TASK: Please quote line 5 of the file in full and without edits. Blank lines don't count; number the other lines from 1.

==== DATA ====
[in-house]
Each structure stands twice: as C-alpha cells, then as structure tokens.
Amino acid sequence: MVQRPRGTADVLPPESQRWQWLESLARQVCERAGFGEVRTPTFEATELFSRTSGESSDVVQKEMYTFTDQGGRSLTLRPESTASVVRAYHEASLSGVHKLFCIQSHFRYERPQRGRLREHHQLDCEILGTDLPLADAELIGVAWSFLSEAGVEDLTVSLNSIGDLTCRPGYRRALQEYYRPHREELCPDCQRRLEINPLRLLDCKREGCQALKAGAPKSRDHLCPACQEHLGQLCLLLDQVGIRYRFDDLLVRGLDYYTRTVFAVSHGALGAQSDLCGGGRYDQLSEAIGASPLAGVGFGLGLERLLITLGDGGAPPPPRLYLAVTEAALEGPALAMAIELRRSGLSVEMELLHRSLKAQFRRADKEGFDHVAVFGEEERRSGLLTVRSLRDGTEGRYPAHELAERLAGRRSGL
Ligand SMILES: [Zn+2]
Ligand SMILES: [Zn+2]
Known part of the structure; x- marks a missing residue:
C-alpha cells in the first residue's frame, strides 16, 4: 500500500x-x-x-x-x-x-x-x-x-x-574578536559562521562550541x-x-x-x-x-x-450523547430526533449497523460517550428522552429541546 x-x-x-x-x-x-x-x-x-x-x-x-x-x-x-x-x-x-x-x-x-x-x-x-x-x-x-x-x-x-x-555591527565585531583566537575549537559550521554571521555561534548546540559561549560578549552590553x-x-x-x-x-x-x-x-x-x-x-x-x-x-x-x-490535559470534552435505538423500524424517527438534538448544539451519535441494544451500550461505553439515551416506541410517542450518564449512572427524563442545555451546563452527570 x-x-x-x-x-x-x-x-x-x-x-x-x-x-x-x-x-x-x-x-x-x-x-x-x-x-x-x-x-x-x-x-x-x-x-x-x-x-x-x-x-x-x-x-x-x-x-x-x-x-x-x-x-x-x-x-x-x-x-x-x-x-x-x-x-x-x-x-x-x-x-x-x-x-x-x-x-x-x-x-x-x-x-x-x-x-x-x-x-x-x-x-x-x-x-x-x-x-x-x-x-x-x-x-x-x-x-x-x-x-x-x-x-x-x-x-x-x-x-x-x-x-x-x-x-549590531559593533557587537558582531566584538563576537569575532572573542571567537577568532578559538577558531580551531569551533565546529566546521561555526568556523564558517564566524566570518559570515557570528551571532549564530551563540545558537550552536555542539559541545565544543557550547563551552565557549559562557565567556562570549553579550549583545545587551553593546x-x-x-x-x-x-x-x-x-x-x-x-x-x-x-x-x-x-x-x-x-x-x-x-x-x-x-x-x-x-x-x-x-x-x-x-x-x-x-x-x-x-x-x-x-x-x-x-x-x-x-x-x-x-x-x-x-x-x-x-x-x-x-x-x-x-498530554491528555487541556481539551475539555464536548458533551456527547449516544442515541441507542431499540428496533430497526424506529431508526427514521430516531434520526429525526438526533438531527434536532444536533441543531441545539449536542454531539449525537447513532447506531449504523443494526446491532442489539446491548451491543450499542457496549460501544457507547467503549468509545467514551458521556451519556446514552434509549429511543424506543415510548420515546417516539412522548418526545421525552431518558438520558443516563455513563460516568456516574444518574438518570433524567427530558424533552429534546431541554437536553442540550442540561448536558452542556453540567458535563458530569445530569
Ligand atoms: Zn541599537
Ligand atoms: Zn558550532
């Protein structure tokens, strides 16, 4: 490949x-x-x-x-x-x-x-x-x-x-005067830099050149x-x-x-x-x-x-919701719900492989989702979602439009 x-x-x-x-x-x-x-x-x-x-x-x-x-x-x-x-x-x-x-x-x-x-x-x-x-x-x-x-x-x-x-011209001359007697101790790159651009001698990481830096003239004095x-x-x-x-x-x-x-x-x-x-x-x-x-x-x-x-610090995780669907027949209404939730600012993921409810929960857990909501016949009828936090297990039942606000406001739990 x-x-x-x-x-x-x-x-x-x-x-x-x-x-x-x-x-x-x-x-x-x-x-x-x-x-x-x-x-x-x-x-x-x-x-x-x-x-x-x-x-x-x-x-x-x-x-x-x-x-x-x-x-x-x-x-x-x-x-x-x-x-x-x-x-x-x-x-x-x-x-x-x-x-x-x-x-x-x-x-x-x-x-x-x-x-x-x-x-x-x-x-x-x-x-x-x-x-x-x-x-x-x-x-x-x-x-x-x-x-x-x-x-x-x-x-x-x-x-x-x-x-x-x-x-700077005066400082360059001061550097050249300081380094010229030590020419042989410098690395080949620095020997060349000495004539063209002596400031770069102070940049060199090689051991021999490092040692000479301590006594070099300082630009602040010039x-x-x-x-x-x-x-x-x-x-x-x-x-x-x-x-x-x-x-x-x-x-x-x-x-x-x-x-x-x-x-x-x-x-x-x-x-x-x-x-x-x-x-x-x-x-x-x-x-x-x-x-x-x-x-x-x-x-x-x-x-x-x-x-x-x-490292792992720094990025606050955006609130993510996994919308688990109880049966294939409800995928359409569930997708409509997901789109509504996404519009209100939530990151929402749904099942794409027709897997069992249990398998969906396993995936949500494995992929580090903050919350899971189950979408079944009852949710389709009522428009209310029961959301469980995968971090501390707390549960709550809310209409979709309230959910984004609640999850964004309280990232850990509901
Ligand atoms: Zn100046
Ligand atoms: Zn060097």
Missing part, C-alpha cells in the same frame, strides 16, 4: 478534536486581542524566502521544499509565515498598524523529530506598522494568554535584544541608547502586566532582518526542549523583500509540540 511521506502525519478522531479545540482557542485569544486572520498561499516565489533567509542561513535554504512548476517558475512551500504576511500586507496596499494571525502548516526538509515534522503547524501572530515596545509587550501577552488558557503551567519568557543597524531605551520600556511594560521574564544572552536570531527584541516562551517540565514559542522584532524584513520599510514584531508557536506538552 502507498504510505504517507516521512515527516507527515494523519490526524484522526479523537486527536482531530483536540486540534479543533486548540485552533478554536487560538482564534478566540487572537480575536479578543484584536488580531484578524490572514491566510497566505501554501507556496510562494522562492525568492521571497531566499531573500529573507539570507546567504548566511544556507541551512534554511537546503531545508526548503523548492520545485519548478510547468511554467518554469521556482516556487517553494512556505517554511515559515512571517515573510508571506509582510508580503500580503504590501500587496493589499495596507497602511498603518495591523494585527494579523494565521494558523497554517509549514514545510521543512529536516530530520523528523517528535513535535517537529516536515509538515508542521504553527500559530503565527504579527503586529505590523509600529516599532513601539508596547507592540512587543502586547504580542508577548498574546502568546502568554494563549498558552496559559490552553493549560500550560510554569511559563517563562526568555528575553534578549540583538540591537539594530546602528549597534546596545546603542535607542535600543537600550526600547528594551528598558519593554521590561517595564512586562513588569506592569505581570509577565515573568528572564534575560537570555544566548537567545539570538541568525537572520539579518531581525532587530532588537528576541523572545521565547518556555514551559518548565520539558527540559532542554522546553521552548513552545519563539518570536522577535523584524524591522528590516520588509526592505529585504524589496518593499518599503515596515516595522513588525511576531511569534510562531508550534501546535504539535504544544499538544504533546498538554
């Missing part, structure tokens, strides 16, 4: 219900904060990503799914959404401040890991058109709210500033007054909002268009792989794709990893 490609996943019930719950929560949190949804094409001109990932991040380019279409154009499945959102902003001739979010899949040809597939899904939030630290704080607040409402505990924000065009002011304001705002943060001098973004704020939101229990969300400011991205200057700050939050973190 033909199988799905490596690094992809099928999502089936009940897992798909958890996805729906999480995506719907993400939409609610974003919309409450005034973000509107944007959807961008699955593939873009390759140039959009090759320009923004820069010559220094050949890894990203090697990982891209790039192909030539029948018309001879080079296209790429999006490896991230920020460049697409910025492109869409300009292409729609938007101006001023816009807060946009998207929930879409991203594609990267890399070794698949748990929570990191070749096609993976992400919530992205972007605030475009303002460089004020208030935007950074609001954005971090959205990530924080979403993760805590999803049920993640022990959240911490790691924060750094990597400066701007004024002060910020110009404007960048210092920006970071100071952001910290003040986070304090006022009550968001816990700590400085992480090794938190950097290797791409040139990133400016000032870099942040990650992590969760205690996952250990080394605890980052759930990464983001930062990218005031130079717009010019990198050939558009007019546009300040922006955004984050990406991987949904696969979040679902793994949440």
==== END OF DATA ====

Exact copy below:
Ligand SMILES: [Zn+2]